The slopes of Mt. Merapi that have diversity potential have acted as a support to the lower areas of the mountain. But irresponsible use of the mountain areas often impacts negatively on the conservation area. So, cooperation is needed between stakeholders to restore the sustainability of Mt. Merapi.
“The area of Mt. Merapi is not free from damage and decrease in size due to the many groups that want to use it for its natural potential. So, conservation efforts on the top of the mountain are absolutely needed,” said Vice-Governor of Yogyakarta Special Region, KGPAA Paku Alam X, in his remarks read out by Head of Forestry and Plantation Agency of Yogyakarta, Ir. Sutarto, M.P., on Wednesday (22/2) at Faculty of Forestry UGM during a workshop that is a collaboration between the Faculty, Centre for Asia Pacific Studies, Mt. Merapi national park, and the local government of Wonokerto.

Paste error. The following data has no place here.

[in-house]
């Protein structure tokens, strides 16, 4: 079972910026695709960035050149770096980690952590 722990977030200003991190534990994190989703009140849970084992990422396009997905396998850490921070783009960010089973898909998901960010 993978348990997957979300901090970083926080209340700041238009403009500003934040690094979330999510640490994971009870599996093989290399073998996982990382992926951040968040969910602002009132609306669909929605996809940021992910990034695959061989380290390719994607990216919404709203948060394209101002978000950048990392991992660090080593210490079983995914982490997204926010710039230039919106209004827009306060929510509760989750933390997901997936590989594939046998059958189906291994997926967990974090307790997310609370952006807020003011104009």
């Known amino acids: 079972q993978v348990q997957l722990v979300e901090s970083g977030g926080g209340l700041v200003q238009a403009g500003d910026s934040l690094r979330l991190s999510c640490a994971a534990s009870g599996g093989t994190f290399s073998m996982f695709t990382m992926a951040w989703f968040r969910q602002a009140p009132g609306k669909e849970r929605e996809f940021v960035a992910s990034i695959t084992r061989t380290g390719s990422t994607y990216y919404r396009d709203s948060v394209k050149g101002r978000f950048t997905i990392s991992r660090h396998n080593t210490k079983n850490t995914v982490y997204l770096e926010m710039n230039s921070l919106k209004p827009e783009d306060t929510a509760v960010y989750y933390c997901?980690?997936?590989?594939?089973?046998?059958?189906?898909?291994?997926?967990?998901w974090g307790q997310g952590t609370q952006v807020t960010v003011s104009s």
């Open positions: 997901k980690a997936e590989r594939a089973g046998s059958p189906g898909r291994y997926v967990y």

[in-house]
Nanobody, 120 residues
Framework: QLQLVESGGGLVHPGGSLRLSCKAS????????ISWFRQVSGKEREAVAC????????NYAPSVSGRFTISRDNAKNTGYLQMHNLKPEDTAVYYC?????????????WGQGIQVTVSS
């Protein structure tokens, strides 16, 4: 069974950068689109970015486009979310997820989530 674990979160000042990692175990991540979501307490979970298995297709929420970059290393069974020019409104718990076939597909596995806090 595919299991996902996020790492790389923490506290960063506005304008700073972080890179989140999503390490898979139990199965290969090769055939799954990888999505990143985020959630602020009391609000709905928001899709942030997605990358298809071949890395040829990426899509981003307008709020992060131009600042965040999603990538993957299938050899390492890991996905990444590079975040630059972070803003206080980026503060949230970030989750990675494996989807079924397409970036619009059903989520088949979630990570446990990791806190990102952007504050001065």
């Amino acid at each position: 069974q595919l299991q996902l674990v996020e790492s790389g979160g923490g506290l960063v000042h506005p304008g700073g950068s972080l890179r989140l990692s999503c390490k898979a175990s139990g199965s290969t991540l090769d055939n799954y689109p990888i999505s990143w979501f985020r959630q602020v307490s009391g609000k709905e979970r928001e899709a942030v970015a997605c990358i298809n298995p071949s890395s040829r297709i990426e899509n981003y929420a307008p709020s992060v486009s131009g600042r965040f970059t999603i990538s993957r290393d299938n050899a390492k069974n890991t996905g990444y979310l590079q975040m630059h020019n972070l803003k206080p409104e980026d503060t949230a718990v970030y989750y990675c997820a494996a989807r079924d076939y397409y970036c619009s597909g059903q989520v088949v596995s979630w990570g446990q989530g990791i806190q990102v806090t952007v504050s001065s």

In the event, a handover of orchids was done to symbolise the release of the flora to the wild as a form of orchid conservation.
The Merapi slopes are known as the habitat of 95 orchids varieties, some of which are rare species.But recent conditions have decreased the number of orchids on the mountain.
This triggered the idea to adopt the orchids since 2 years ago where 28 adopters from Wonokerto village were given orchids seeds to cultivate outside Merapi. After the flowers grow well, these will be re-planted at the Mt. Merapi national park.
The people from Wonokerto made their own orchard green house. Village chief, Tomon Haryo Wibisono, said this was also a form of community empowerment.
“For us, this cooperation is very useful, because we cannot do it ourselves without the help of other institutions. I hope this cooperation will continue and be beneficial,” he said.
In addition, the cooperation between UGM, Mt. Merapi national park, and Wonokerto village also covers conservation of soil and water ecosystem. The community empowerment in the programme, according to Dean of Faculty of Forestry, Dr. Budiadi, S.Hut., M.Agr.Sc., was one of the most crucial factors for the success of conservation efforts.
“The active role of the local residents in the conservation of the forest will benefit the people themselves and their surroundings,” he said.